Rare Find: A $30,000 Bottle Of Wine
ROBERT SIEGEL, host:
Well, now back to some very good food, or drink, to be precise. To set the scene, it's 1947, France is still recovering from the second World War. At a vineyard in the Medoc region, a very special wine is bottled and begins to age and to grow in value.
At some unknown point later, this double-magnum bottle of Chateau Latour is bought by a wine enthusiast and restaurant owner from Tampa. It is lovingly deposited into the wine cellar at Bern's Steakhouse and forgotten until this year.
And to pick up the story, joining us now is Eric Renaud, who is the sommelier at Bern's Steakhouse in Tampa. Eric, welcome to the program.
Mr. ERIC RENAUD (Senior Sommelier, Bern's Steakhouse): Thank you, Robert.
SIEGEL: And to explain how a bottle of wine can be forgotten in a wine cellar, you have to describe for us, how big is this wine cellar? How big is Bern Steakhouse's wine collection?
Mr. RENAUD: The wine collection total is somewhere around a half-a-million bottles of wine over three different facilities. On the premise itself of the steakhouse, we're looking at about 110,000 bottles of wine.
SIEGEL: And tell us the story of how, among them, you found the double magnum of 1947 Chateau Latour.
Mr. RENAUD: Well, all of the sommeliers there, we often take turns and spend time searching the wine cellar for wines that have gotten misplaced. I found this bottle on a shelf, turned sideways with a few other bottles in front of it. Either someone hid it, maybe it rolled in that direction. When I unburied it, I saw the bottle and thought, oh my God, this is amazing.
SIEGEL: Not only amazing, this is valuable. You have valued this bottle, it's a double magnum, at $30,000. What leads you to believe that it's worth that much?
Mr. RENAUD: We just did some searches on the Internet of comparable bottles, comparable age. So we gave a hefty price tag of 30,000, though I think in other major markets, that bottle probably should be considerably more.
SIEGEL: But since it's such a large bottle, how many glasses of wine would we get from it? And let's get a unit price here.
Mr. RENAUD: We're looking at about 20 glasses of wine at five ounces.
SIEGEL: So it's only $1,500 a glass in that case.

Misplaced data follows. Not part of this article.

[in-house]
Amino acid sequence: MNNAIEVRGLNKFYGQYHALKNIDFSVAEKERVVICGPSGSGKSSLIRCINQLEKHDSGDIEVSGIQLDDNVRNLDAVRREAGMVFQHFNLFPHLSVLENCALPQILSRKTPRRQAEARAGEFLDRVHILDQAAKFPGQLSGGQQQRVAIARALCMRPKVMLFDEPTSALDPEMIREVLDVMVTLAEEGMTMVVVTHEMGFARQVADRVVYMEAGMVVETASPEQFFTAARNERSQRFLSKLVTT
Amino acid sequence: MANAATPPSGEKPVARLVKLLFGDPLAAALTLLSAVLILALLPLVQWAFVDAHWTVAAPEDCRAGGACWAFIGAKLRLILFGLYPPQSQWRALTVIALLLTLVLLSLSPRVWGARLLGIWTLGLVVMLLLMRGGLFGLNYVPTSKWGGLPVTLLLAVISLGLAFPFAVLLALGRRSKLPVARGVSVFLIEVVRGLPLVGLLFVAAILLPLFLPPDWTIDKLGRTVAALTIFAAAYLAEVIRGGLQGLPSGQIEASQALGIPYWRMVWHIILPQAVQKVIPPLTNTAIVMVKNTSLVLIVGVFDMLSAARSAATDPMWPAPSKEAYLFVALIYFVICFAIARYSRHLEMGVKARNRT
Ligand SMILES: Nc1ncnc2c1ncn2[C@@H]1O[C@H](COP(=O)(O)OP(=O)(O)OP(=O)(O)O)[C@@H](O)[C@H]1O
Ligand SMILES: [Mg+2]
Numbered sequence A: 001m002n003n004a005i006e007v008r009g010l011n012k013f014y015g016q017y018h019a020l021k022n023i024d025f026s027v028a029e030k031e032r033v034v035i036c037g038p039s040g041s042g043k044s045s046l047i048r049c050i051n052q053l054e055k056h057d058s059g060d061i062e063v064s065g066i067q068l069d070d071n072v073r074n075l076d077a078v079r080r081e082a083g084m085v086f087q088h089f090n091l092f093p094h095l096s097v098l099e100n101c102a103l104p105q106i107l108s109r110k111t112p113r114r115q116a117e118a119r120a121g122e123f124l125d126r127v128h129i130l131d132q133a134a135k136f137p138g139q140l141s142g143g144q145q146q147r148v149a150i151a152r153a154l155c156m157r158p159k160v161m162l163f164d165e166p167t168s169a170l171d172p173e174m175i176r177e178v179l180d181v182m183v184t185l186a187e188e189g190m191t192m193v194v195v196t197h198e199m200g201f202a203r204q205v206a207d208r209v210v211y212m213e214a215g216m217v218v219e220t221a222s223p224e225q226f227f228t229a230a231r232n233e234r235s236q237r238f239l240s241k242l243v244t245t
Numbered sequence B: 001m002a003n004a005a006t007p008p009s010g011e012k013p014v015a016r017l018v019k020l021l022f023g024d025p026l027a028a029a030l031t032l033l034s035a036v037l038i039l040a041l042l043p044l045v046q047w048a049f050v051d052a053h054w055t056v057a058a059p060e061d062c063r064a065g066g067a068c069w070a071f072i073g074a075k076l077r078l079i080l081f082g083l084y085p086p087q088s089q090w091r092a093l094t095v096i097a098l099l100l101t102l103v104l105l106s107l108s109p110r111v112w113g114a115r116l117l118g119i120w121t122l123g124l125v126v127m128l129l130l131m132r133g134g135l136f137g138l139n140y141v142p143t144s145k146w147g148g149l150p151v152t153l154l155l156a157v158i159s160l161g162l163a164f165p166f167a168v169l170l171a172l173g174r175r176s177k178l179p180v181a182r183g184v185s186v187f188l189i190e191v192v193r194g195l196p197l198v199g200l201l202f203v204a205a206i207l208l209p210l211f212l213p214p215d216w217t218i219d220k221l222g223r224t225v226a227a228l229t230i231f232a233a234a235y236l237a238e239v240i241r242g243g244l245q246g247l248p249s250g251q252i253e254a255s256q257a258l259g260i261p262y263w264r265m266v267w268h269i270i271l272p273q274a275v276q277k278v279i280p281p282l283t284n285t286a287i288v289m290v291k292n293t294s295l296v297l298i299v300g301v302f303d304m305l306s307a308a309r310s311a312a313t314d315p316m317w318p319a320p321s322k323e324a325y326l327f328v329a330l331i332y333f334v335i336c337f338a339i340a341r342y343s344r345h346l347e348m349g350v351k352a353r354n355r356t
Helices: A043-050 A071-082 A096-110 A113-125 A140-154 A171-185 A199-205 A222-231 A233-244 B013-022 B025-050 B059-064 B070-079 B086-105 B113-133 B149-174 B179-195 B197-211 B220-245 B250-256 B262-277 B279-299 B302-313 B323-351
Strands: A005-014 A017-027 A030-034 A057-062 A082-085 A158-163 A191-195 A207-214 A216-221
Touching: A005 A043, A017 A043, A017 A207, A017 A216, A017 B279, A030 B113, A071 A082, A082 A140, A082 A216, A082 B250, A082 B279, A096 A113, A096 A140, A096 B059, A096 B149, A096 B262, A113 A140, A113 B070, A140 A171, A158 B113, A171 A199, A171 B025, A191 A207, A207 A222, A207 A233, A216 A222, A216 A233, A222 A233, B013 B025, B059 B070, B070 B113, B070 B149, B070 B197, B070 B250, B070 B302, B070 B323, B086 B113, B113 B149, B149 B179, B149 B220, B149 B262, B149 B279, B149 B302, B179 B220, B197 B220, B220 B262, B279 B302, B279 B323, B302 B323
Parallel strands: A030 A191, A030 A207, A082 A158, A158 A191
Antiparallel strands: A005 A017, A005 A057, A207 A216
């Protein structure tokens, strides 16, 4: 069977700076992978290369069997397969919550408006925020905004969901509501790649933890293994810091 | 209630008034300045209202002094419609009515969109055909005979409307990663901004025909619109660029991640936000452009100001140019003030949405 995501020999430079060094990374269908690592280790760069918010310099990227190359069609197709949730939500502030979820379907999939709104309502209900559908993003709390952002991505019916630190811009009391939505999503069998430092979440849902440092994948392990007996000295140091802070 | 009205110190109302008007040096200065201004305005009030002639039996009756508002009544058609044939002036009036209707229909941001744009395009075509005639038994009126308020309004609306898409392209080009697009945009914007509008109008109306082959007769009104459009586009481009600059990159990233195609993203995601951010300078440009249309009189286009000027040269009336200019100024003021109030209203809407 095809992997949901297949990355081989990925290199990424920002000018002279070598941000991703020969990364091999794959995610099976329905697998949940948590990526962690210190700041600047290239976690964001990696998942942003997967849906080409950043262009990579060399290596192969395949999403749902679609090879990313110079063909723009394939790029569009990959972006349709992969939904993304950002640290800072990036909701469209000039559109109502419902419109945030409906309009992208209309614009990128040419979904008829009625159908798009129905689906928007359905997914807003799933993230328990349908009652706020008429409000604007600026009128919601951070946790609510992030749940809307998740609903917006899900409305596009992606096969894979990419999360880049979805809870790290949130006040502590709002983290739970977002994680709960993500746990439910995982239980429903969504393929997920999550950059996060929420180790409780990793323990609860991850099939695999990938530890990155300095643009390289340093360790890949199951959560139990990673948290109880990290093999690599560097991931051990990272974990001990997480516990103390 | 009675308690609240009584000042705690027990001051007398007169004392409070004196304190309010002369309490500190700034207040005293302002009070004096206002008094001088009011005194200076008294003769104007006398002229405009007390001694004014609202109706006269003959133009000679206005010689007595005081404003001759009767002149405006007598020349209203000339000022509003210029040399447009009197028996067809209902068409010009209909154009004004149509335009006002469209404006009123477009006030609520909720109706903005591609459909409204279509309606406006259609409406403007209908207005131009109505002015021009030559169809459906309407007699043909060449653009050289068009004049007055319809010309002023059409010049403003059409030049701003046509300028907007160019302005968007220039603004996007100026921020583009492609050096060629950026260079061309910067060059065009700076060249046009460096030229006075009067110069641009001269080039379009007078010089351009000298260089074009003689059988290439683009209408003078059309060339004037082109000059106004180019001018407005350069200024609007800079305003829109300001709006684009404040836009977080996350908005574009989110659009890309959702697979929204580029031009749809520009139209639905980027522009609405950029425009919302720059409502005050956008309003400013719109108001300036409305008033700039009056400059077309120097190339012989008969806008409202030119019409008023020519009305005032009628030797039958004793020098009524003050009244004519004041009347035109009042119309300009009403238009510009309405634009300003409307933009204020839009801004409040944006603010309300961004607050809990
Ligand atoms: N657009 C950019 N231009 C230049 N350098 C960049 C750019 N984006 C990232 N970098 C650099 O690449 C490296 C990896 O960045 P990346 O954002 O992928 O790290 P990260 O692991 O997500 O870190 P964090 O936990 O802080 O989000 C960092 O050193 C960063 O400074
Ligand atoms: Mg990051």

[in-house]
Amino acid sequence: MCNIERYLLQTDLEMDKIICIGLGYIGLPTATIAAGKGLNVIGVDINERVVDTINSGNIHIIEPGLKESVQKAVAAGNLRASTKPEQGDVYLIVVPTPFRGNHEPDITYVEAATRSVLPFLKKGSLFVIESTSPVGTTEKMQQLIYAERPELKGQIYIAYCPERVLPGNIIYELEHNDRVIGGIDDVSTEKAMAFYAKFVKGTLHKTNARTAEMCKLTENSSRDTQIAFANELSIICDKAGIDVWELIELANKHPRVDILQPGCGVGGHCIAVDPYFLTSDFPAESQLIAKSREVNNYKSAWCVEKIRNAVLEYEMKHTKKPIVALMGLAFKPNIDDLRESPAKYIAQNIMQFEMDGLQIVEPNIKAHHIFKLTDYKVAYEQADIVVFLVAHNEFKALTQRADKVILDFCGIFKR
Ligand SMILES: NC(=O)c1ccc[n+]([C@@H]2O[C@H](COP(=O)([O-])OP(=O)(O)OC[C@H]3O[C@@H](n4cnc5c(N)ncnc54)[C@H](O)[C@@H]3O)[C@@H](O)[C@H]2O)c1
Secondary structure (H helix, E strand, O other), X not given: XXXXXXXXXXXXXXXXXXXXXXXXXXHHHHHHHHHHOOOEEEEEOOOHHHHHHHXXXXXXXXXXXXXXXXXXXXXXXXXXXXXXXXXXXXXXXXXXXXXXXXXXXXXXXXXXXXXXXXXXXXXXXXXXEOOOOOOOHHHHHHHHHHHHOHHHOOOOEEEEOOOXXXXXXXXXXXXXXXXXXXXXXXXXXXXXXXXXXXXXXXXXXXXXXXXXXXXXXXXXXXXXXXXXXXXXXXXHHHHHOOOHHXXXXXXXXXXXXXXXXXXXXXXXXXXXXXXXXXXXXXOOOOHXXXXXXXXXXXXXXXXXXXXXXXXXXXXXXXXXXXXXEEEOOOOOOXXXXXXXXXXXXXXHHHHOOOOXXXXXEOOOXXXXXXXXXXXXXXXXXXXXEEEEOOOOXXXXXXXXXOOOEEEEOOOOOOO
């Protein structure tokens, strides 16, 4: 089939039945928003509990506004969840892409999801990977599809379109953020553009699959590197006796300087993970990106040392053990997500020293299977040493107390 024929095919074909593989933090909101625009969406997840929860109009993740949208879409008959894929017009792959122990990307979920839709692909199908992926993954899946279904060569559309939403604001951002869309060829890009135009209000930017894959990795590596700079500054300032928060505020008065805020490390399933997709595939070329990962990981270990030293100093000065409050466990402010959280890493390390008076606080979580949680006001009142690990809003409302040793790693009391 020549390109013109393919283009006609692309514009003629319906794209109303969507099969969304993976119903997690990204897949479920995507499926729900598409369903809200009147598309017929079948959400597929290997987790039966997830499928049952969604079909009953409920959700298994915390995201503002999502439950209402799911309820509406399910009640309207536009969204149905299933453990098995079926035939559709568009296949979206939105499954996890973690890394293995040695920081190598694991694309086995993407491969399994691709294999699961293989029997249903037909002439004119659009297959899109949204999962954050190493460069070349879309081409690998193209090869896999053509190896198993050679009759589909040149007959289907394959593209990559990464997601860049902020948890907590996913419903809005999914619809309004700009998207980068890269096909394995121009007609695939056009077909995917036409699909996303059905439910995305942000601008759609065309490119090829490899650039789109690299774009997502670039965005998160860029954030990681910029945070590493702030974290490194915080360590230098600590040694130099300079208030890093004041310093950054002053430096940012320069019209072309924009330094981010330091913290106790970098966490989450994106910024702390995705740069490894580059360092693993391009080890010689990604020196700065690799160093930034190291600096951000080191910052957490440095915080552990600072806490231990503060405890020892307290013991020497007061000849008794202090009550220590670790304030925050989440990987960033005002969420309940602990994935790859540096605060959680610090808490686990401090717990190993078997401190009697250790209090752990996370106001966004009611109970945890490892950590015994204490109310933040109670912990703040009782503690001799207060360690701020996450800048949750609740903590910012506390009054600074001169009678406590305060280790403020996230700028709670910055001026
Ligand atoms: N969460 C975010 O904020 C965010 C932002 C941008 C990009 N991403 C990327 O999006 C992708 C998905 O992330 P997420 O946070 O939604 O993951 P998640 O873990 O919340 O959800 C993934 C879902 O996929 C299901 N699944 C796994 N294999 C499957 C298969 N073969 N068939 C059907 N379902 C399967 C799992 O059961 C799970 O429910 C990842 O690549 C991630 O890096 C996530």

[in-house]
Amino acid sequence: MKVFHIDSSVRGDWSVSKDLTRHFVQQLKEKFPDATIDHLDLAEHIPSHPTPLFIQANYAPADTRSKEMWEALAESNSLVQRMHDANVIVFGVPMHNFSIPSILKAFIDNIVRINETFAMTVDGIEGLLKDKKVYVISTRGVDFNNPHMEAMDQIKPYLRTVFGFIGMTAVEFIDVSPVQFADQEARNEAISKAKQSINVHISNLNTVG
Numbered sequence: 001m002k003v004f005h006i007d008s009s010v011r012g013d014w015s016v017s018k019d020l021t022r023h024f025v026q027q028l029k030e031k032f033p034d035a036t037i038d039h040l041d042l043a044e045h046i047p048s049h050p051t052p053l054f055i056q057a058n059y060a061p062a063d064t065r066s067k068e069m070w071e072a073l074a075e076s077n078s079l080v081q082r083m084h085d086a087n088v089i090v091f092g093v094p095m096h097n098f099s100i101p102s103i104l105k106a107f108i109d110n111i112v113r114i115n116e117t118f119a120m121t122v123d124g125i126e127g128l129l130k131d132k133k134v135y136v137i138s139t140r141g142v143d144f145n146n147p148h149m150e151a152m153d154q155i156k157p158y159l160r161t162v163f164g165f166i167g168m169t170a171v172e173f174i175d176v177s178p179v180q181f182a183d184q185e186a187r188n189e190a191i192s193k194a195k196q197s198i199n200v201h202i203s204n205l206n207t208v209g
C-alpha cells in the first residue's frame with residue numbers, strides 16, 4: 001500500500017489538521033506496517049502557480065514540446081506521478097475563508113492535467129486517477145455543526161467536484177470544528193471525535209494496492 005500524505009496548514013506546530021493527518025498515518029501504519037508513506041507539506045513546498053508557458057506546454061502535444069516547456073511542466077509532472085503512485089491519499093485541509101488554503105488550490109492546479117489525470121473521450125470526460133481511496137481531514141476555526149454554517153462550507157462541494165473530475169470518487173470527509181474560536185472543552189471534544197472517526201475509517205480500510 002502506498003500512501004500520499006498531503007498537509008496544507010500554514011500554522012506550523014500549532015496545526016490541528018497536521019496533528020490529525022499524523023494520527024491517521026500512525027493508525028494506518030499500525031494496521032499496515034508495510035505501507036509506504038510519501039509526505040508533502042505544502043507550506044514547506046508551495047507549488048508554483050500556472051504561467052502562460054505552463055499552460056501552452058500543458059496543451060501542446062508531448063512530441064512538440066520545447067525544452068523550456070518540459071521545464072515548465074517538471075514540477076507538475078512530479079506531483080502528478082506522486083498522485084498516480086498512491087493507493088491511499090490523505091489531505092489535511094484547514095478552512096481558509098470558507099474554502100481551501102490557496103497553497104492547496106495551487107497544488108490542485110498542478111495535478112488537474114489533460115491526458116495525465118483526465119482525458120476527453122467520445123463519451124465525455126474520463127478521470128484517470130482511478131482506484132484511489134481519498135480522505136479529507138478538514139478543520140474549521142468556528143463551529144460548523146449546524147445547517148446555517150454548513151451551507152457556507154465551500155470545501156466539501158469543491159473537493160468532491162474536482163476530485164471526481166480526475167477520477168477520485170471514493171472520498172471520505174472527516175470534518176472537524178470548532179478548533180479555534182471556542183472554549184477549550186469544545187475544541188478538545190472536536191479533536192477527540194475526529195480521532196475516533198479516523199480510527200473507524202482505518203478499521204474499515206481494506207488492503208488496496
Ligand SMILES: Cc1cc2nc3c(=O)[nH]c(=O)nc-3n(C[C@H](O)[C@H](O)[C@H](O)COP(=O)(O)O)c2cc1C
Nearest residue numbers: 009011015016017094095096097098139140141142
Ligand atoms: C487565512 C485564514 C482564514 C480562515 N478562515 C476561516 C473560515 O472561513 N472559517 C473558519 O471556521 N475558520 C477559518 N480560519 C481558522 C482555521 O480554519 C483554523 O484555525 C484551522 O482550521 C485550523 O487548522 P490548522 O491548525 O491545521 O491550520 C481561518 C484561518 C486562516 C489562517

Mr. RENAUD: Not too bad.
(Soundbite of laughter)
SIEGEL: If I were to spring for a share of that bottle, what would you tell me as a sommelier? What would you say I should be expecting in the taste of this fabulously expensive bottle of wine?
Mr. RENAUD: This bottle is going to drink many decades younger than it really is. This bottle is going to be big. It's going to be young. It's going to be rich.
SIEGEL: But wait a minute. Why should I want it to be young? Isn't the whole point I'm paying because it's old?
Mr. RENAUD: Well, that's the beauty of finding something of that age that is going to drink so youthful. Wine ages tremendously well in large formats. This wine is still young now and would drink well 50 years from now.
SIEGEL: So now that the word has gotten out about the $30,000 double magnum of Chateau Latour 1947, has anybody yet made a reservation and asked about the bottle?
Mr. RENAUD: We are fielding lots of phone calls. This will not be for sale until that wine list, with that bottle in it, hits the table. When it hits, the first person in who wants to purchase it can purchase it.
SIEGEL: Well, Eric Renaud, thank you very much for talking with us about it.
Mr. RENAUD: Thank you, I really appreciate it.
SIEGEL: Eric Renaud, who is a sommelier at Bern's Steakhouse in Tampa, where he discovered a double magnum of 1947 Chateau Latour. It'll be on the wine list for $30,000.
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